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I am interested in going to China to teach English. I had met a wonderful girl almost a year ago online, and intend to marry her(we had finally met about three months ago). My question is when I have an interview with a potential employer, should I mention this? Do you think it would hurt, or help my chances of securing a job? My first thought was that this may help my chances as the employer would see just how serious I am about about being in China, but I am not sure how an employer would see this situation.Does anyone have any thoughts, or has anyone been through this kind of situation before?

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Yes, "you can still find a job", but SHOULD you mention your romantic relationship with a Chinese girl, in a job interview with the Chinese boss of a language school? Here is an opposite viewpoint:

It can HURT - yes, HINDER your "chances of securing a job". Chinese often see the world as full of troublesome "máfan", present as well as potential. They act to avoid it (for example, thinking twice or being reluctant to offer help where there is no self advantage). In a Chinese school boss's view, it is best if the foreign teacher concentrates on teaching his classes. A romance in China might seem to be a potentially dangerous source of future "máfan", let alone a distraction from the teacher's mission of concentrating on the school. I guess it's open for others to argue against the view I've presented here.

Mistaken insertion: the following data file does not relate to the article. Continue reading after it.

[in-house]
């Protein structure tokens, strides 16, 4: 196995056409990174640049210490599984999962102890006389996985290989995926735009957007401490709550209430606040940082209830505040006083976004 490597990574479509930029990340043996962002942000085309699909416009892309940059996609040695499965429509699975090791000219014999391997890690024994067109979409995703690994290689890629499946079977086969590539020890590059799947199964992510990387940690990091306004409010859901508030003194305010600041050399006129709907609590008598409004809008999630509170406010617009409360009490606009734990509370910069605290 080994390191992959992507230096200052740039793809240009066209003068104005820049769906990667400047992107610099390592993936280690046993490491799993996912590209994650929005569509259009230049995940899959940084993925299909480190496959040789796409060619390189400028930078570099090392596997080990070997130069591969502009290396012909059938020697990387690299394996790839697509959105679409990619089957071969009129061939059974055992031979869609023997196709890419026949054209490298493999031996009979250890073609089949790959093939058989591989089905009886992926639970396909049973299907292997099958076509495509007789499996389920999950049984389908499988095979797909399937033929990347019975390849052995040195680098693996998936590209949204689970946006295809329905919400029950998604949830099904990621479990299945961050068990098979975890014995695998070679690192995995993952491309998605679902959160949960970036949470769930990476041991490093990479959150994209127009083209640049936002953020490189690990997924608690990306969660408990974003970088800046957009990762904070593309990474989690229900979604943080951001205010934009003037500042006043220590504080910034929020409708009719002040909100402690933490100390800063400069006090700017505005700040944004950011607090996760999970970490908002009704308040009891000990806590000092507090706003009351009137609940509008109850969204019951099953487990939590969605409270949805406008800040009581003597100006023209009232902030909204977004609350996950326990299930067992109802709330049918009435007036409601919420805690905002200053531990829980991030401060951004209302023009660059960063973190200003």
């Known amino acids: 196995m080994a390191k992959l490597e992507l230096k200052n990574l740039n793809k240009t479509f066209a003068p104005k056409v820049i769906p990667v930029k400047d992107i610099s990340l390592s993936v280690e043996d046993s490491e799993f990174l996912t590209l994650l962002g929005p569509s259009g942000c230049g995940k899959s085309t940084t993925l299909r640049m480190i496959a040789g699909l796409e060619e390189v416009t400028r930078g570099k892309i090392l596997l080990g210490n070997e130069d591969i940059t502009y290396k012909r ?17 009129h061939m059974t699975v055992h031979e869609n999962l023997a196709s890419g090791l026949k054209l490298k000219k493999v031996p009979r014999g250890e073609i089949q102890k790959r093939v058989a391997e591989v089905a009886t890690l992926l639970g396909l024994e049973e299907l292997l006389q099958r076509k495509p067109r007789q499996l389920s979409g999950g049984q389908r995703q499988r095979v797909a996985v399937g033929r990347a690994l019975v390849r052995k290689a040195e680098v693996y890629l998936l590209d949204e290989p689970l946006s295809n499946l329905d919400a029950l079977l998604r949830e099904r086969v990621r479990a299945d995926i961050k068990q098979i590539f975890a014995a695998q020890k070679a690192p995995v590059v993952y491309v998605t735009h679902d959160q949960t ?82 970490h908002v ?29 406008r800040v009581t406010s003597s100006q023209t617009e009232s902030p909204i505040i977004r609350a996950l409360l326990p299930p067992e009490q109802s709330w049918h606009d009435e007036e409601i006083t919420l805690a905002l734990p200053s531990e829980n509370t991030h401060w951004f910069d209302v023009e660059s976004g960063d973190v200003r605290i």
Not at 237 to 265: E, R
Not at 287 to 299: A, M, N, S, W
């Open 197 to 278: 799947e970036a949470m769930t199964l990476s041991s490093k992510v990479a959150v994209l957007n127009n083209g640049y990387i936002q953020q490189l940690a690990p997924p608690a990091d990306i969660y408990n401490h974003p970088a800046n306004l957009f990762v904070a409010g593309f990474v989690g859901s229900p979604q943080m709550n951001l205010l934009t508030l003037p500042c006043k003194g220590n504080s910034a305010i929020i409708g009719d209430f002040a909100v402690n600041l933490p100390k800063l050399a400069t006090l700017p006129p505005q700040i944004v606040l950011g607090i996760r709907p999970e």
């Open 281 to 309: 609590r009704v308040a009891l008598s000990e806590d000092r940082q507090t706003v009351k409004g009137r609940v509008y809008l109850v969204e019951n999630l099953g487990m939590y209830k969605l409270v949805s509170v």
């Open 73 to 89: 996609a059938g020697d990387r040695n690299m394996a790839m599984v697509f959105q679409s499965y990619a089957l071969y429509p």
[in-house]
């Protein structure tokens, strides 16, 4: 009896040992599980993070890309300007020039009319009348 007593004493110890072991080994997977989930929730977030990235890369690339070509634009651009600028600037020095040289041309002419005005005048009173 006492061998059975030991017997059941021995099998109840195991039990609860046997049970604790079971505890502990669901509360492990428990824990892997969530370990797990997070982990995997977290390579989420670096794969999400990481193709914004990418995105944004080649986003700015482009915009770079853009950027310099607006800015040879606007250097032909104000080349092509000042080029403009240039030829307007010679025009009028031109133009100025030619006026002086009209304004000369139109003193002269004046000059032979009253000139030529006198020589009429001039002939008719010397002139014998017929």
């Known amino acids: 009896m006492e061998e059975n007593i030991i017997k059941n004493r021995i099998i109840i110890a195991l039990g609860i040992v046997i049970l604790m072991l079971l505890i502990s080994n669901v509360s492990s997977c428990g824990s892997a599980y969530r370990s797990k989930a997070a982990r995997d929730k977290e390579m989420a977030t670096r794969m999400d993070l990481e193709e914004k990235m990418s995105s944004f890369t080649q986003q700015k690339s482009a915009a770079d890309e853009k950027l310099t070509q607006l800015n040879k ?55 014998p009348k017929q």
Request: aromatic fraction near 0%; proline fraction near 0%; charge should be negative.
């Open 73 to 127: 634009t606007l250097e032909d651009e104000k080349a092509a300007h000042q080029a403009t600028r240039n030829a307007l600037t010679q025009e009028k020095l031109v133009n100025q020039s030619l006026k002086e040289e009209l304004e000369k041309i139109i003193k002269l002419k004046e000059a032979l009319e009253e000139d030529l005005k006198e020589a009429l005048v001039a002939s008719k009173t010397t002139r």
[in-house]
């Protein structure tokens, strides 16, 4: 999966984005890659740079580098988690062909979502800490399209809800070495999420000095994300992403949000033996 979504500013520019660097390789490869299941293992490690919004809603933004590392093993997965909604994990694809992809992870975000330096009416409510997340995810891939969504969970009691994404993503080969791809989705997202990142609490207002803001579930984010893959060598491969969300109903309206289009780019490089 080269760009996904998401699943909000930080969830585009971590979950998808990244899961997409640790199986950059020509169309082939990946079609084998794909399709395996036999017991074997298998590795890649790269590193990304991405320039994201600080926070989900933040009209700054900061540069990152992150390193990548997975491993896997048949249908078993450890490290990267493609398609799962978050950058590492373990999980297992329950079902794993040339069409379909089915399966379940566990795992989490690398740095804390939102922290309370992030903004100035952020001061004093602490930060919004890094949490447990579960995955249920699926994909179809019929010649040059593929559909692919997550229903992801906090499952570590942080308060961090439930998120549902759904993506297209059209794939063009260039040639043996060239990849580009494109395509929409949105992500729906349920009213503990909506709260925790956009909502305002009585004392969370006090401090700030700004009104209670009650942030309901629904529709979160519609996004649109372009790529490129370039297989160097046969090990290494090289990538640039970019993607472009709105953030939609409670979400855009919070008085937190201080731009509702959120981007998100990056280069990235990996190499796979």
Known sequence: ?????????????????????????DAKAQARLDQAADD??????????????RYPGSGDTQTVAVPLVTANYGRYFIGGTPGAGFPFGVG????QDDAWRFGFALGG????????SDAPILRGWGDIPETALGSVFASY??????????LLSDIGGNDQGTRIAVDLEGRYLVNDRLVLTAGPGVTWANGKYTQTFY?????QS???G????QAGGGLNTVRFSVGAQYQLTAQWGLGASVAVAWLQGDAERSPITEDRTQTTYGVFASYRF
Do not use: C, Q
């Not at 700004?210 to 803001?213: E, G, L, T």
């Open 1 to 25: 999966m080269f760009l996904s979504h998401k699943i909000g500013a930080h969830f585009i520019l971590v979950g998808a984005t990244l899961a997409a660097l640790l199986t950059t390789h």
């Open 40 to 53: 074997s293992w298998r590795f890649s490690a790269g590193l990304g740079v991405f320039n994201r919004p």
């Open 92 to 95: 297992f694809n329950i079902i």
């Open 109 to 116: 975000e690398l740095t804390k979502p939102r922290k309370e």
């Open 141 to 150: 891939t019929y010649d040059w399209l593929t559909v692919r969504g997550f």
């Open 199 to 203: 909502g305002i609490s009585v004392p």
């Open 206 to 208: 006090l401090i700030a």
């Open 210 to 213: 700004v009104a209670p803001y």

Maybe this effect is not restricted to China. Perhaps if you think of someone running a Chinese language school in the West interviewing a Chinese teacher who states in the job interview that they met a local girl over the Internet three months ago and would like to marry her - would that western boss also have alarm bells ring in his head, or would he think of "how serious you are about about being in" that country? Would he prefer someone totally single, someone who kept their romantic activities back in their home country? I think it's useful to think in this way, by putting the shoe on the other foot.

After you are employed and more familiar and comfortable with the personality of your boss, then you can think again about the way in which you might introduce, or not introduce, the news to him. (Maybe by that time you could invite the boss to the wedding! That would show respect; and actual marriages seem more stable than potential ones, right?)

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I am wondering if you are really interested in coming to China primarily to teach English or to be with this girl. I don't know.

But any decent potential employer is likely to wonder, too.

I wouldn't mention it.

My first thought was that this may help my chances as the employer would see just how serious I am about about being in China

He or she is more likely to think "Oh No! Another young male foreigner coming to China to have sex with Chinese girls." I do not mean any disrespect to your fiancée. But the employer is unlikely to see it as a sign of seriousness; rather the opposite.

Apologies if that sounds harsh or crude, but that's the way it works. I have come across several colleges and schools which have a definite policy of not employing young single men. It isn't new. I first encountered it in 1996.

Smurese's last paragraph makes a lot of sense.

If you really want to be serious about teaching, show that instead.

There will always be unscrupulous employers who don't care. I suggest there are not the best people to work for.

(Now I sit back and wait for the usual suspects to turn up.)

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